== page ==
Menagerie When nature calls (loudly): DLSU Bathrooms 2 Try
Menagerie When nature calls (loudly): DLSU Bathrooms 2 Try
When nature calls (loudly): DLSU Bathrooms 2 Try

University life can be clogged with a plethora of problems. Among the many deadlines and papers, sometimes nature calls in the middle of campus. Far from the familiarity of your own toilet, you flounder and try not to squat as the ticking time bomb in your stomach churns by the minute.

Though a home away from home is often hard to find, fear not as The LaSallian has your back—and bottom. So, without further ado, here is is a list of the top havens to run to whenever you find yourself carrying a load that’s too much to handle.


St. Miguel “The King” Hall

No introduction is needed for the second placer in the first Golden Kubeta Awards. To take part in the contest, one had to take a photo of what they thought was the best bathroom in the University and post it on social media. As a result of this, the first floor bathrooms of St. Miguel Hall has received a reputation for being luxurious—for good reason.

The words “air conditioning” and “Wi-Fi” are more than enough to win anyone over. This is why the bathrooms of St. Miguel Hall stand as safe spaces  for those looking for a haven from the ruthless grind of a quality education. Here, one is able to release everything they’ve been holding inside without fear.

Timing is key when it comes to this safe zone, however. A lot of students pass through the halls of St. Miguel, so it takes experience on the exact timeframe to avoid using the bathrooms here. But once the art of time is mastered, calculating the perfect window to have a completely covert meeting with the mayor should be a piece of cake.


Henry Sy Sr. “Green Thumb” Library

The Henry Sy Sr. Library provides the Lasallian community with an extensive collection of academic resources. It also has an extensive collection of wonderful washrooms. Not only does each bathroom stall have a comfortable toilet seat and a competent bidet, but it also has a relaxing wave of cool air emanating from the different floors of the library.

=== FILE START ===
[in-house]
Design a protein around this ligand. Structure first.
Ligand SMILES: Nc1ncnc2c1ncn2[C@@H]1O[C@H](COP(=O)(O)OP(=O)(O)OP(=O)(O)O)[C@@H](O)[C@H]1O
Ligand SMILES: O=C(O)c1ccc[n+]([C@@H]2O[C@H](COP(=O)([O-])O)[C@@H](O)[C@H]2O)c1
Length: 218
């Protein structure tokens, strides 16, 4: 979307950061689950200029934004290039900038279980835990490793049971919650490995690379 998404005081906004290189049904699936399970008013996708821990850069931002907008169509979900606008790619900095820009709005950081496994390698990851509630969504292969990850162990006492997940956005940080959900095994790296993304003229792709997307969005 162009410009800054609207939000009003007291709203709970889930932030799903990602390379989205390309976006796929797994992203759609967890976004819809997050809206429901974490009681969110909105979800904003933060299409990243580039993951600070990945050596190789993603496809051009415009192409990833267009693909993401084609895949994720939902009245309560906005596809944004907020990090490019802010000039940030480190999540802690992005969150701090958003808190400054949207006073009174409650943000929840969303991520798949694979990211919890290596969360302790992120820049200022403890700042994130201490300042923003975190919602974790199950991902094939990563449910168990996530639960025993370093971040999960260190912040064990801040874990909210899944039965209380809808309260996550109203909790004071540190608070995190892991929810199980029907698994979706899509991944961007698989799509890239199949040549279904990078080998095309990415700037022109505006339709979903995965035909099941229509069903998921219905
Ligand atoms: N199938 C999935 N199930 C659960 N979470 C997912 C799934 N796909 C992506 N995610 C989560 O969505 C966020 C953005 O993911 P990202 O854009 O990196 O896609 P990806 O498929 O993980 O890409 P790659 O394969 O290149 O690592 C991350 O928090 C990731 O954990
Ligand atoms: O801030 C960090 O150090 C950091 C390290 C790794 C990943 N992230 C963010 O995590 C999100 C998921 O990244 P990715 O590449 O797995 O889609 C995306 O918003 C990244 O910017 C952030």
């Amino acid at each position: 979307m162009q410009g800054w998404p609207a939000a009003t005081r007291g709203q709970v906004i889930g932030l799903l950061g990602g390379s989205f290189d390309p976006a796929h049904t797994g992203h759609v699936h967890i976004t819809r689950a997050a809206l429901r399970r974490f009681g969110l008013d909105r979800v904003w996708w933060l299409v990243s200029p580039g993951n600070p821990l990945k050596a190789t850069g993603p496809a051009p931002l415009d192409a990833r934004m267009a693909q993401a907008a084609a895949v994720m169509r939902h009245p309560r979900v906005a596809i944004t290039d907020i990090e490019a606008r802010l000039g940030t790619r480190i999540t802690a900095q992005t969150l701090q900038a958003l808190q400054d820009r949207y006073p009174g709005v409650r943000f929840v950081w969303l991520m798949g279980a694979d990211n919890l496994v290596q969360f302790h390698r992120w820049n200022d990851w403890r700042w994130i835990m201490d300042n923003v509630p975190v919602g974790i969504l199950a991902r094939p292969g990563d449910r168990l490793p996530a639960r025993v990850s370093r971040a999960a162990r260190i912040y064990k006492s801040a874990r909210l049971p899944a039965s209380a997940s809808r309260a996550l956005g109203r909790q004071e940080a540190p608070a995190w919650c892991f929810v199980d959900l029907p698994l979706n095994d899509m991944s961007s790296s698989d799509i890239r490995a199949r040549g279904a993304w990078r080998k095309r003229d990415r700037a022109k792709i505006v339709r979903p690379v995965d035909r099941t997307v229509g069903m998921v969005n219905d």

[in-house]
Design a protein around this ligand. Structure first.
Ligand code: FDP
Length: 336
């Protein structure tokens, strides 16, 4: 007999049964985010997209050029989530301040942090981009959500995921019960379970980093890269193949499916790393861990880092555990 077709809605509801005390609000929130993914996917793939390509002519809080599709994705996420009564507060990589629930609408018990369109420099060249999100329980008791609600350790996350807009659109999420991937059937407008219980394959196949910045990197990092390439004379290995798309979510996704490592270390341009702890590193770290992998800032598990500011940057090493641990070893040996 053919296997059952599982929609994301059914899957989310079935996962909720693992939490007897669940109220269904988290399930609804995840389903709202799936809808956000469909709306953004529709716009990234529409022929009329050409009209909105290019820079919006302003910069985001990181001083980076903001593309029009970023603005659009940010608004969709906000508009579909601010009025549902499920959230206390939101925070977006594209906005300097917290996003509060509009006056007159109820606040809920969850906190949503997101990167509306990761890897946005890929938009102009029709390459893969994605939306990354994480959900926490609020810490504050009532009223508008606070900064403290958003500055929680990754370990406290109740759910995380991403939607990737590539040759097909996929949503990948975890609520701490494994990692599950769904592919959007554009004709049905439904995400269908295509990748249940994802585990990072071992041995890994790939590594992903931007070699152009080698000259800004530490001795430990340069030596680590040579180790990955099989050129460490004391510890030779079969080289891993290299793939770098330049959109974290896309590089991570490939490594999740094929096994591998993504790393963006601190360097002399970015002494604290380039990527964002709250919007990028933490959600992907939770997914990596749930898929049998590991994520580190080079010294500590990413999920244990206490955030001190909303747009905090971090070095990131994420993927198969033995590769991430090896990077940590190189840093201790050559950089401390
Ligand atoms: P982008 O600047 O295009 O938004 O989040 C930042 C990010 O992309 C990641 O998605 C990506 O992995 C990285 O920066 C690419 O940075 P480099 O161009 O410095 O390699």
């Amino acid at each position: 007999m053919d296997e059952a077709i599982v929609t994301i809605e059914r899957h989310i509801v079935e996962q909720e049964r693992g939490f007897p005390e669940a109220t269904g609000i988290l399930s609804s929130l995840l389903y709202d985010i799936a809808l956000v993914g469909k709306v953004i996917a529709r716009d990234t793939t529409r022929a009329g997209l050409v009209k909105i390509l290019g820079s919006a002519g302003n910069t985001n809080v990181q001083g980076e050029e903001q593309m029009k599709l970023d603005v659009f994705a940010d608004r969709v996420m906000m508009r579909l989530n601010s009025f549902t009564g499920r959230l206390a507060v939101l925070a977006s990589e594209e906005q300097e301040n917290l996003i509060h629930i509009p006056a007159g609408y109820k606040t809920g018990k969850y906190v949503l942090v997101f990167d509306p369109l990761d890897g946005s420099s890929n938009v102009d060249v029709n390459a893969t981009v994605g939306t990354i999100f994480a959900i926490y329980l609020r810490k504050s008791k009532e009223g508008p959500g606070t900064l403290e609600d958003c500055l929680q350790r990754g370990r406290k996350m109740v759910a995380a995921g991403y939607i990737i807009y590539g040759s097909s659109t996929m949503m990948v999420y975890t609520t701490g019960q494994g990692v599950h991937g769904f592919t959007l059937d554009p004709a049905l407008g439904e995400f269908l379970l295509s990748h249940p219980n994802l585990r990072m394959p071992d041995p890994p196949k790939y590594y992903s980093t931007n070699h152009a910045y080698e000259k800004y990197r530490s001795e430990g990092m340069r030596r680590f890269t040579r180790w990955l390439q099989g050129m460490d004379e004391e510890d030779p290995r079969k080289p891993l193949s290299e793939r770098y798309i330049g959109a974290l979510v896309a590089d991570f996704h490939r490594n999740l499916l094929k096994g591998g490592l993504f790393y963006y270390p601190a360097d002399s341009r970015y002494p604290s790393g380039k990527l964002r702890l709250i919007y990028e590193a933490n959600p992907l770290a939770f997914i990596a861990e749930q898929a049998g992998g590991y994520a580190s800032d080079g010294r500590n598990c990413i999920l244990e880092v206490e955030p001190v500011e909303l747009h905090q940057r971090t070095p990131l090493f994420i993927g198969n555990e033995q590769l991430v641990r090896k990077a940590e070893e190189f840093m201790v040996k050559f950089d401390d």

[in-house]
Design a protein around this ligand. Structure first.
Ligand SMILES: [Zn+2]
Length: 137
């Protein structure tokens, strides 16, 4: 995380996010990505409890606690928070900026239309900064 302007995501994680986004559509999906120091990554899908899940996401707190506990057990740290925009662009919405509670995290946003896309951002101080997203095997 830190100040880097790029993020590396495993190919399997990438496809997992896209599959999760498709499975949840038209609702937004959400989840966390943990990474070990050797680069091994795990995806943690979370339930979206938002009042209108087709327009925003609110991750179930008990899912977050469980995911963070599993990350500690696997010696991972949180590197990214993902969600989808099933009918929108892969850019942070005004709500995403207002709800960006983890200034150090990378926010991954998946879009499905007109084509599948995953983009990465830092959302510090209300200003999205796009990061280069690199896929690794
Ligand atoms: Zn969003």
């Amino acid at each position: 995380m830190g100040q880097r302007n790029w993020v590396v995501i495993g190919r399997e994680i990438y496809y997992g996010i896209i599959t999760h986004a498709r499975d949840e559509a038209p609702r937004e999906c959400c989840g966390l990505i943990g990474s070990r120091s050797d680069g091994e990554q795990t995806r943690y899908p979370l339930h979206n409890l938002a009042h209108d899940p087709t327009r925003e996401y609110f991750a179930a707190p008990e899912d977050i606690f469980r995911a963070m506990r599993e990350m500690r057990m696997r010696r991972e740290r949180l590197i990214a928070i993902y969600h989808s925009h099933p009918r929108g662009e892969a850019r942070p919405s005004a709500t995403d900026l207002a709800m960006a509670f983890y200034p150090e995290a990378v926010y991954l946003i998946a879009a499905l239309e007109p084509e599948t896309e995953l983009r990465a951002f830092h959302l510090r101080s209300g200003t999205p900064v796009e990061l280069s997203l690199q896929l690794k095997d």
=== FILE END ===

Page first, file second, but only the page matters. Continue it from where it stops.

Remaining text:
The perfectly dimmed lights also contribute to the overwhelming sense of peace as you put an end to the war in your rectum. Though the sight of a roll of tissue comes once every blue moon, the Henry bathrooms remain one of the best in the University. The trick to this building, though, is that the higher you go, the better it is as the traffic of students diminishes. To Nido Go (II, AB-ISJ), the Henry bathrooms are an extension of her home in Japan. “I never thought I’d feel so at-home here. It’s rare to have such a deep connection to a place like this.”


WATERMARK BestPlacesToPoop_Ella Avila_Colored


St. La Salle “OG” Hall

Despite being the first building constructed in  campus, St. La Salle Hall is home to some of the finest bathrooms in campus. “The LS bathrooms may be old, but they’re still where I choose to ‘go,’” Keri Lang (III, BS-PSY) says. “I see no reason to discriminate just because of age—just like with people.”

Though not all the bathrooms in St. La Salle Hall are modern-looking, there are quite a few—which would be fun to hunt for—that look nothing like a 100-year-old bathroom. The green tiles with their reflective sheen welcome you to the toilet, accompanied by a bidet much newer than the historic building.

A unique property of the bathrooms here is the not-so-good acoustics, which provide visitors to the stalls with a form of entertainment: the echoes of gossip. Every once in a while, it’s intriguing to sit quietly and listen to Jepoy and Leroy talk smack about Jhepoy because Jhepoy is going out with Japoy—get lucky, and you might just get an update if you’re in that same stall at the same time next week.


Br. Andrew Gonzalez “Big Boi” Building

The tallest academic building in the Philippines, the Br. Andrew Gonzalez FSC Hall is a notable work of art. Though its elevators are infamous for causing dreadfully long lines, its bathrooms have a different reputation.

Some sport a modern look, others look outdated with a distasteful lack of bidets. The variety makes the building more dynamic and exciting. Upon further investigation, we have found information valuable to the Lasallian community—the eighth, 10th, and 12th floor bathrooms have bidets. (You’re welcome.)

Another unique feature are the designated sets of bathrooms exclusively for faculty members. These lavatories, which forbid students from entering, remain a mystery yet to be explored by the non-faculty population of the University. Jebs Motabo (III, BSED-CHY) reveals his discomfort with the comfort rooms, “That’s really my only motivation to become a teacher. Years of studying in Andrew have brought me nothing but torture in the form of tissues and wet wipes. But fear not—the Truth is near.”


Take your pick, have a seat

All toilets, like many of the top-notch facilities of the University, were made to lessen the toil on students. Though no toilet is perfect, each is a symbol of a communal experience—one in which tissue, alcohol, and bacteria are shared among Lasallians. Bathrooms are places where people come together, despite differences, in order to share personal experiences and embrace the humanity that is embodied whenever we make the decision to answer to nature’s call.


*Reports from Blair Clemente